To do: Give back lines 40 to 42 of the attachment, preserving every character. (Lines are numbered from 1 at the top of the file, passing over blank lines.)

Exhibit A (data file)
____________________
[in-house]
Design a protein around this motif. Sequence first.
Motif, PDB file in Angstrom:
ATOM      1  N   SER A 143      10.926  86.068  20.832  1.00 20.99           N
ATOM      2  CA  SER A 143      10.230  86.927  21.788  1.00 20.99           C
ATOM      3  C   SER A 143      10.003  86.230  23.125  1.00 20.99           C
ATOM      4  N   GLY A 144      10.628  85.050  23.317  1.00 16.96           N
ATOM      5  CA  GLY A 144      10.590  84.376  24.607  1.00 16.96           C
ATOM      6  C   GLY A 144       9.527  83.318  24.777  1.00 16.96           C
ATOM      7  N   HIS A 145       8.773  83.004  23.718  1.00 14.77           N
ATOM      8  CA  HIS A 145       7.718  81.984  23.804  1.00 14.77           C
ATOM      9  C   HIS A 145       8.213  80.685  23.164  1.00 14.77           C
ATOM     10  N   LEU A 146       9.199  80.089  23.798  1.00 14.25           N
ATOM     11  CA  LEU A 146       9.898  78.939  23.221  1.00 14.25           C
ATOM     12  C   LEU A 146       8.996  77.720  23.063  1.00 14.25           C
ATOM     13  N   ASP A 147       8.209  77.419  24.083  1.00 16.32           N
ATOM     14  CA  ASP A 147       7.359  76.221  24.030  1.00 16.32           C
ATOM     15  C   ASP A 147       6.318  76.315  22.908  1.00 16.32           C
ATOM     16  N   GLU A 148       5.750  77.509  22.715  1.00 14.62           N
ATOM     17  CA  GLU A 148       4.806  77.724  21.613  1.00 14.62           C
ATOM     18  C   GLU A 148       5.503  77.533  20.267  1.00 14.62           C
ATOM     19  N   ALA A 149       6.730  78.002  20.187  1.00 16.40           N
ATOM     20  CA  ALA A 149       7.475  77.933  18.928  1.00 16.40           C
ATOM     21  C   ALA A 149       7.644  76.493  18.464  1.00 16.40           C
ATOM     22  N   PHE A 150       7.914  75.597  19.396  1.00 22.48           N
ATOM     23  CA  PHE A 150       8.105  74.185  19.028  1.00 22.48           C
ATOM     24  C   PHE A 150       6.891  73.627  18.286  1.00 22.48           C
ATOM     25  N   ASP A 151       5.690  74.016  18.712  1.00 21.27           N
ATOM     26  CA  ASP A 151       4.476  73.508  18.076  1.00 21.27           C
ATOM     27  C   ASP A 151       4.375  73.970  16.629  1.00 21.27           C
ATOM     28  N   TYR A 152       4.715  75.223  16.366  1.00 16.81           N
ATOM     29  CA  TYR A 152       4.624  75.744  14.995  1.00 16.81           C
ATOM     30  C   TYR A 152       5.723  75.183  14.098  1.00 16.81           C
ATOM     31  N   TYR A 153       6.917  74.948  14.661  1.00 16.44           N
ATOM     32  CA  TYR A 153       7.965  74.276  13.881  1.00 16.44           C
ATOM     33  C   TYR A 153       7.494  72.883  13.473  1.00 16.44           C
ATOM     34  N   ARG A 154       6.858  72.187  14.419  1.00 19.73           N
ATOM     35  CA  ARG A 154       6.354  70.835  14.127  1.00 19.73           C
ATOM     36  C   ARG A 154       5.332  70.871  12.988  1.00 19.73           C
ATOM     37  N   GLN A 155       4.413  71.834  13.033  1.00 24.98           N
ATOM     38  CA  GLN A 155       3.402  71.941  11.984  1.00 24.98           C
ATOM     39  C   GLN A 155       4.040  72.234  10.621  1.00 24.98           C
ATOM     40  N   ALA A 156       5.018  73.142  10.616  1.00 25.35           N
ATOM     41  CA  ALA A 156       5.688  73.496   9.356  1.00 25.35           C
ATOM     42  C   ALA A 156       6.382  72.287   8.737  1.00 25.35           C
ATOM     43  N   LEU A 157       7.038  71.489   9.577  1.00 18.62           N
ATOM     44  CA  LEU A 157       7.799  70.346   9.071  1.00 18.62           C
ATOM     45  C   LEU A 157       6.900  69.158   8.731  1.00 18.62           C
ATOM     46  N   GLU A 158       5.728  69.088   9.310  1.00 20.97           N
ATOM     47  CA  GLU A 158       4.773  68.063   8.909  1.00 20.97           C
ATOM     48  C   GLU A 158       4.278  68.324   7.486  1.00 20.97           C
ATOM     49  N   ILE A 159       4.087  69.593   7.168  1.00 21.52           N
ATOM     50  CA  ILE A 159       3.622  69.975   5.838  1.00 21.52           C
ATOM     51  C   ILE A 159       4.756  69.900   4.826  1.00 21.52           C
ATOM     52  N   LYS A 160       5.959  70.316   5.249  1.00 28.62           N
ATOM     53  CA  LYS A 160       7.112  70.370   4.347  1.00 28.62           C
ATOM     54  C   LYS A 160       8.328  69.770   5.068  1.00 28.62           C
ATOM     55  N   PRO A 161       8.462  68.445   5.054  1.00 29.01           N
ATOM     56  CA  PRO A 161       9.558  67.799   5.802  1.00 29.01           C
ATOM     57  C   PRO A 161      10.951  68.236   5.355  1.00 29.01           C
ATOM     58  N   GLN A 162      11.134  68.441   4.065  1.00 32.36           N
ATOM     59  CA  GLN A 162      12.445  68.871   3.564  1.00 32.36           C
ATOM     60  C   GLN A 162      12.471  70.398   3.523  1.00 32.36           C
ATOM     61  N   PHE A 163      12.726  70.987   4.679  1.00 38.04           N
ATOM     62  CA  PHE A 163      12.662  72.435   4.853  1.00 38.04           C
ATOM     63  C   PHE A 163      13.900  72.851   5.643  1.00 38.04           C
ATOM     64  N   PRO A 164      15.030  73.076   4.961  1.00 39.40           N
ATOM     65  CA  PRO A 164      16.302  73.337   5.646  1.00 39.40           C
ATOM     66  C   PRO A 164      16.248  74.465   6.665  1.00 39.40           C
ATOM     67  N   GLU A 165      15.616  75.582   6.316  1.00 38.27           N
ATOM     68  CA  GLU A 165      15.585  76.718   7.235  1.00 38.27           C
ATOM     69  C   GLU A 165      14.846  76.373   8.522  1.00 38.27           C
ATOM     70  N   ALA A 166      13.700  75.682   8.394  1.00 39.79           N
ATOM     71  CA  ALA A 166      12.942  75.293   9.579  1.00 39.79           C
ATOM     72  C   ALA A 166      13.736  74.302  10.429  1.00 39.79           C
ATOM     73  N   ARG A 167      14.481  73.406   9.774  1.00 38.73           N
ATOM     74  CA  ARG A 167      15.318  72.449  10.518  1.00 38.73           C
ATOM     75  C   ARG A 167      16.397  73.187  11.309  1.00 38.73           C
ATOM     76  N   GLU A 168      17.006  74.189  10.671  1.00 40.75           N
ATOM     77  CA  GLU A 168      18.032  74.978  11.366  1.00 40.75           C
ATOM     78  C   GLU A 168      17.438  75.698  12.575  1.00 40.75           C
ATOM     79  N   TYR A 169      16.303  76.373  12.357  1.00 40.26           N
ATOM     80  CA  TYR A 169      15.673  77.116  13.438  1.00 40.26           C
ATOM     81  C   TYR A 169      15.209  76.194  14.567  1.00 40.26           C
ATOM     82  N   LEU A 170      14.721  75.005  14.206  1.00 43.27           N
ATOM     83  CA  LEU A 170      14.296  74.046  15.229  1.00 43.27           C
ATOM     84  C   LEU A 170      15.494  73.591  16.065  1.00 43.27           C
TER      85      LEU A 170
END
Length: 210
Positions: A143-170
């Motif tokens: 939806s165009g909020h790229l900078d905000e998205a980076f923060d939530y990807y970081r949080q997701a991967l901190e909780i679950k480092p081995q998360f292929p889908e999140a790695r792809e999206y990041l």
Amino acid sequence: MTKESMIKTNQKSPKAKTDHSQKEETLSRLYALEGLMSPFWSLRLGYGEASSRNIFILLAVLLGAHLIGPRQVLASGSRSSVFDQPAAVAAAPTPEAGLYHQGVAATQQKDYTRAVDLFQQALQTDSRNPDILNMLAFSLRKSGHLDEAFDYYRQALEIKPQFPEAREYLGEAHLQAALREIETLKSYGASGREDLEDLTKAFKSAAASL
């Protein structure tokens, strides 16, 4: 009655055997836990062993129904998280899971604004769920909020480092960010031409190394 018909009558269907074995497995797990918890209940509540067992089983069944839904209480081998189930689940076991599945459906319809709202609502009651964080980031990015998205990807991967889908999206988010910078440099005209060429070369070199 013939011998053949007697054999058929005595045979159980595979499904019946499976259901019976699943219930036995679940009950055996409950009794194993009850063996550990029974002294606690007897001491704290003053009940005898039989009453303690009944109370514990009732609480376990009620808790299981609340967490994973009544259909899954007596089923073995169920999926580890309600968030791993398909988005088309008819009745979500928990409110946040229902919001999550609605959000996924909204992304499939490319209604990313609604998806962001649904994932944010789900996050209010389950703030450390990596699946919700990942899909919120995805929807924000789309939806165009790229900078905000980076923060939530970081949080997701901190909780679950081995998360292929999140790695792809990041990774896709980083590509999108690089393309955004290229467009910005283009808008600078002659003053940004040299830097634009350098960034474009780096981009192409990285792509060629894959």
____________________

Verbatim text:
ATOM     37  N   GLN A 155       4.413  71.834  13.033  1.00 24.98           N
ATOM     38  CA  GLN A 155       3.402  71.941  11.984  1.00 24.98           C
ATOM     39  C   GLN A 155       4.040  72.234  10.621  1.00 24.98           C